Peshmerga forces fought to hold their ground in the city of Altun Kupri (Pirde), which lies about 30 miles south of Erbil, just outside official Kurdistan. Shots were fired over the shared border between Kurdistan and Iraq. In the end, Peshmerga troops were overwhelmed and forced to withdraw.
The Kurdistan Region Security Council (K.R.S.C.) condemned what it called the “deafening silence” coming from the international community over the Iran-backed attack by Iraqi forces. Although the Shi’ite militias said they had been ordered by Baghdad not to cross the border, the council believes the militiamen planned to move as far north as Qushtapa, which is well within official Kurdistan territory.
The U.S. State Department said it was concerned and had asked Baghdad to limit troop movements within the disputed areas to only those coordinated with the Kurdistan Regional Government. It did concede that these contested territories do not necessarily belong to Iraq. They may yet return to Kurdistan authority, but their status must be decided in accordance with the Iraqi Constitution. Also, four members of the U.S. Congress called on U.S. Secretary of State Rex Tillerson to broker an end to the hostilities. Grand Ayatollah Ali al-Sistani instructed the federal government to protect the Kurds, amid reports of abuses.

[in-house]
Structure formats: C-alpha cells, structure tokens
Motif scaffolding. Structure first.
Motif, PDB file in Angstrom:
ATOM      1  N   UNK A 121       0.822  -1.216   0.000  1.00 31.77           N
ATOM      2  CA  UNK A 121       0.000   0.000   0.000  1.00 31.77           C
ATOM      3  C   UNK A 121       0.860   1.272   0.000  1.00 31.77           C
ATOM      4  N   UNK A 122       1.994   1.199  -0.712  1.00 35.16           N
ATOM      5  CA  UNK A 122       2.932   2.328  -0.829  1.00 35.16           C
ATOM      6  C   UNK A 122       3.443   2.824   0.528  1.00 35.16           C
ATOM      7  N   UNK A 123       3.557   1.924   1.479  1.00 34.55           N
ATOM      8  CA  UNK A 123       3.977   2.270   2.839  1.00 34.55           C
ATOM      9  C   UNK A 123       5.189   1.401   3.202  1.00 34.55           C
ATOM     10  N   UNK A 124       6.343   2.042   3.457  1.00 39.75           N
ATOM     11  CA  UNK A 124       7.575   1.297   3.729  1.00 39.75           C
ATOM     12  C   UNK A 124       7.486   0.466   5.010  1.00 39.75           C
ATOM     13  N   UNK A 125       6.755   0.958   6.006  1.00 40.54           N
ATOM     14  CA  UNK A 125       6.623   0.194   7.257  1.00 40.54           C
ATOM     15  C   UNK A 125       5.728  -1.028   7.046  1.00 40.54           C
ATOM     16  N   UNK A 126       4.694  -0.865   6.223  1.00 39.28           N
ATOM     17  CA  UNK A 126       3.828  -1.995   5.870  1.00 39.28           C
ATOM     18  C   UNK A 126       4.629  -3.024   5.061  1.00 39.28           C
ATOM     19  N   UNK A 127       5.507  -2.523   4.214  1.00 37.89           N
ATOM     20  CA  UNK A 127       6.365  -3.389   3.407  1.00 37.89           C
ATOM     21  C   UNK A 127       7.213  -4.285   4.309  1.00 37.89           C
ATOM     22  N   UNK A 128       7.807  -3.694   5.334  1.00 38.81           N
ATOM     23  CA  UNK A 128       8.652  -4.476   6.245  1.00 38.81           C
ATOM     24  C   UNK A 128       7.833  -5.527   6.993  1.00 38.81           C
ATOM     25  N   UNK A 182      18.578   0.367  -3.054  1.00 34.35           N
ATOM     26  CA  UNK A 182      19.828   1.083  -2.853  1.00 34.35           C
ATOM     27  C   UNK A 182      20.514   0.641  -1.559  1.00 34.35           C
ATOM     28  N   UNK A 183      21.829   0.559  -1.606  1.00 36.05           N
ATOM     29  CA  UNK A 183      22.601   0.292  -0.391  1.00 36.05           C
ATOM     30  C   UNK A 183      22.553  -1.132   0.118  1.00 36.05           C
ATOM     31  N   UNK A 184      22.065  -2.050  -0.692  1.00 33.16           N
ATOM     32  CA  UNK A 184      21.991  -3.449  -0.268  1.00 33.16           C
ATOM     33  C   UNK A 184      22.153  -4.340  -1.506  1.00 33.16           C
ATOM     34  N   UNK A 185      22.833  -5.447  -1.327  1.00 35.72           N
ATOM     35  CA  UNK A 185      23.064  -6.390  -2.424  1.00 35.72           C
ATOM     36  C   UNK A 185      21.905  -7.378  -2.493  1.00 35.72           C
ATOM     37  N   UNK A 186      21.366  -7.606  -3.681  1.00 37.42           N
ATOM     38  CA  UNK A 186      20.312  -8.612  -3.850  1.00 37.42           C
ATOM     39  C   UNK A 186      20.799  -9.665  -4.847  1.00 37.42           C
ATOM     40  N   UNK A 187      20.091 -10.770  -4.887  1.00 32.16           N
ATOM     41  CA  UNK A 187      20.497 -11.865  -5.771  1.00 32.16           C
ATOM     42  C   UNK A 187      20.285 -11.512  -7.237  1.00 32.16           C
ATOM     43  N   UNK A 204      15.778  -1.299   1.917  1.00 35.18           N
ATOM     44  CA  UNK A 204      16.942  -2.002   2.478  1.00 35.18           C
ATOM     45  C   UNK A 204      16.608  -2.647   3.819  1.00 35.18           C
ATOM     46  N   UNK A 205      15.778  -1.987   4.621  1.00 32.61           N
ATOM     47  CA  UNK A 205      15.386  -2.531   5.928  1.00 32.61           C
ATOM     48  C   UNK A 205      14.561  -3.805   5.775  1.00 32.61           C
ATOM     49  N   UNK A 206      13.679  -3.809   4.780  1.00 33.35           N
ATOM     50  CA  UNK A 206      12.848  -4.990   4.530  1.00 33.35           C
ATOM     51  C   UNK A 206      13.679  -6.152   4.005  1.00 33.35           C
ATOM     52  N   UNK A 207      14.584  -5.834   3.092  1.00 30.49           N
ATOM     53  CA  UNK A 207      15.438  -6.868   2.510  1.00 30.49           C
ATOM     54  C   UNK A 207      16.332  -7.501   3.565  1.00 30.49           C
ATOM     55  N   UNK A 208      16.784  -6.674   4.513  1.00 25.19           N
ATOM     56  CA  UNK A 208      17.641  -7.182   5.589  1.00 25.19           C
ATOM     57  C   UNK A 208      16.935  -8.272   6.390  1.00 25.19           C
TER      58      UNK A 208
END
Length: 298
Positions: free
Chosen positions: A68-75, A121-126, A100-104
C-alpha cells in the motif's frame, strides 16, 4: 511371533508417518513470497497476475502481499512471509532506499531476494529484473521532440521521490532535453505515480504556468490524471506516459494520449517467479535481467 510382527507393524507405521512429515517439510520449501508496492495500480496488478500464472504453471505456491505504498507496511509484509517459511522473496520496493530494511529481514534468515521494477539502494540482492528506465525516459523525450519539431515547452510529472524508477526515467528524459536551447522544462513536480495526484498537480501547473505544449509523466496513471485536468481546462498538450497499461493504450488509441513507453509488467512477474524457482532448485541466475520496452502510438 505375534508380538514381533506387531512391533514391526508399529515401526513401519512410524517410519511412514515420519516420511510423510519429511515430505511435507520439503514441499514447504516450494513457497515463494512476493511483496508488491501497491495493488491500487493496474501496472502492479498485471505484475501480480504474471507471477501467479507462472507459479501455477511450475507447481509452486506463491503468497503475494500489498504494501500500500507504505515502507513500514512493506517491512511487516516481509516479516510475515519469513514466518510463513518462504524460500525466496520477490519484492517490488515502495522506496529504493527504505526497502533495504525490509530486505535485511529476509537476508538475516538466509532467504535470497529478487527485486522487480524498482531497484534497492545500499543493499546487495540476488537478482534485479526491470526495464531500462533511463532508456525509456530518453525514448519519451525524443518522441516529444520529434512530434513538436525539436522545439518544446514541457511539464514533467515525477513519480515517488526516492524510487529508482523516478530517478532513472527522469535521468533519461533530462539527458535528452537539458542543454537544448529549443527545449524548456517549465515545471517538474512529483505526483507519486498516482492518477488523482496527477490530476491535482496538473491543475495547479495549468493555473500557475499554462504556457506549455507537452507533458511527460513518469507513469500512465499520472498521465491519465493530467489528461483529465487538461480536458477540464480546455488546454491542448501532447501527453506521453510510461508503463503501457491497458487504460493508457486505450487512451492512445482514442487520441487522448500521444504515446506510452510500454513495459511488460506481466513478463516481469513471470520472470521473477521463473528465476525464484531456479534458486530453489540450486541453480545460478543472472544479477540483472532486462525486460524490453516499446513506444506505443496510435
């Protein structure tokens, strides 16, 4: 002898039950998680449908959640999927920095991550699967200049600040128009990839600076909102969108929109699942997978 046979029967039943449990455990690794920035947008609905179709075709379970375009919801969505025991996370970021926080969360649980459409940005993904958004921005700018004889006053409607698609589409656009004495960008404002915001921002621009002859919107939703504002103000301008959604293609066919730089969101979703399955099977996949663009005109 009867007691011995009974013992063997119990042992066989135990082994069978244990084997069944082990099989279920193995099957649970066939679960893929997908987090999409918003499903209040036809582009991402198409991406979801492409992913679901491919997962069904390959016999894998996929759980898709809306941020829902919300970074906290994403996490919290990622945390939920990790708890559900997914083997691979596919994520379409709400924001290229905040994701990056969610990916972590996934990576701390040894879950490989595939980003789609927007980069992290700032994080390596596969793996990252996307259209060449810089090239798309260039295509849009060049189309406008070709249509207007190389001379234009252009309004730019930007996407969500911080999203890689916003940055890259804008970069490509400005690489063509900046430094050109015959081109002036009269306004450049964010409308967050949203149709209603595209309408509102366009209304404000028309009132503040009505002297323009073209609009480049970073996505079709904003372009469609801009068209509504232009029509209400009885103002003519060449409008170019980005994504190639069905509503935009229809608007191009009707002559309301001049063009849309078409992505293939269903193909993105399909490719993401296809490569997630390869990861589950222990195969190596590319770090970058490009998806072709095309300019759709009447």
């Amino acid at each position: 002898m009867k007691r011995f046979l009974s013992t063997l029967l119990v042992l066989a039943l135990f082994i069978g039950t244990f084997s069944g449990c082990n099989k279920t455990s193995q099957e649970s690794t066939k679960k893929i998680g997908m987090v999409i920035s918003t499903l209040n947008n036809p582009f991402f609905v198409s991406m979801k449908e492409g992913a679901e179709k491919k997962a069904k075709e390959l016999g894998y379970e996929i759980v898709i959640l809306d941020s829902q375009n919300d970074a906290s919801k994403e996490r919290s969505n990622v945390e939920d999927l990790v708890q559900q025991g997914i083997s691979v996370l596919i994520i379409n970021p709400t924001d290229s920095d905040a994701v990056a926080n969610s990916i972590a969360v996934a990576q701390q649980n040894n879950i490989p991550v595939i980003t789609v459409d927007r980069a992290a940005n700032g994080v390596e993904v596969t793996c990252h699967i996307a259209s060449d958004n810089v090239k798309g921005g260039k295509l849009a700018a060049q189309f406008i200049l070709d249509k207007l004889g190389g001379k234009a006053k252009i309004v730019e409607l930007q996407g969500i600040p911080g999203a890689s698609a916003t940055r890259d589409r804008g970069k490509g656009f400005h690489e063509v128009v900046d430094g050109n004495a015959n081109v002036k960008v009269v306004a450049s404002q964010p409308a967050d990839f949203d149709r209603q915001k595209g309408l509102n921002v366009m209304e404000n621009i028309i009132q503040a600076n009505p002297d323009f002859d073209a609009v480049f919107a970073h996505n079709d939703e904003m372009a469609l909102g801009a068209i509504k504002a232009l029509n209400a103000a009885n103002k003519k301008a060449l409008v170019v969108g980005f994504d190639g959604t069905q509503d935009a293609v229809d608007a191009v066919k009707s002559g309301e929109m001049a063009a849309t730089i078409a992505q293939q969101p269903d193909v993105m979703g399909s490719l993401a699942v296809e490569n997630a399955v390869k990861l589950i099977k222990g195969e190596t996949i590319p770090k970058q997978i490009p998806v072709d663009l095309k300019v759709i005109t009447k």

Peshmerga forces lost six personnel and claimed to have killed or injured over 150 among Iraqi forces during the battle at Altun Kupri. A Kurdish general was also killed. Two journalists were wounded; one of them is Belgian.
Also, Iraqi forces captured the Ain Zalah and Batma oil fields near Mosul.
Meanwhile the bickering over who is to blame for losing control of the disputed territories continues between the ruling Kurdistan Democratic Party and Patriotic Union of Kurdistan. In any case, Iranian Revolutionary Guard Commander Qassem Soleimani played a role.
At least 67 were killed and 21 were wounded in recent violence:
At least six Peshmerga were killed during a battle in Altun Kupri. A Kurdish general was also killed. Two journalists were wounded while covering the battle. An Associated Press reporter at a local hospital counted six dead civilians and 15 wounded.
A civilian was shot dead in Mosul.
In Zab, a militiaman was killed.
Mortar fire wounded two civilians in Dibis.
In Baghdad, a bomb wounded two people.
Turkish airstrikes targeting suspect Kurdistan Workers Party (P.K.K.) sites killed nine people.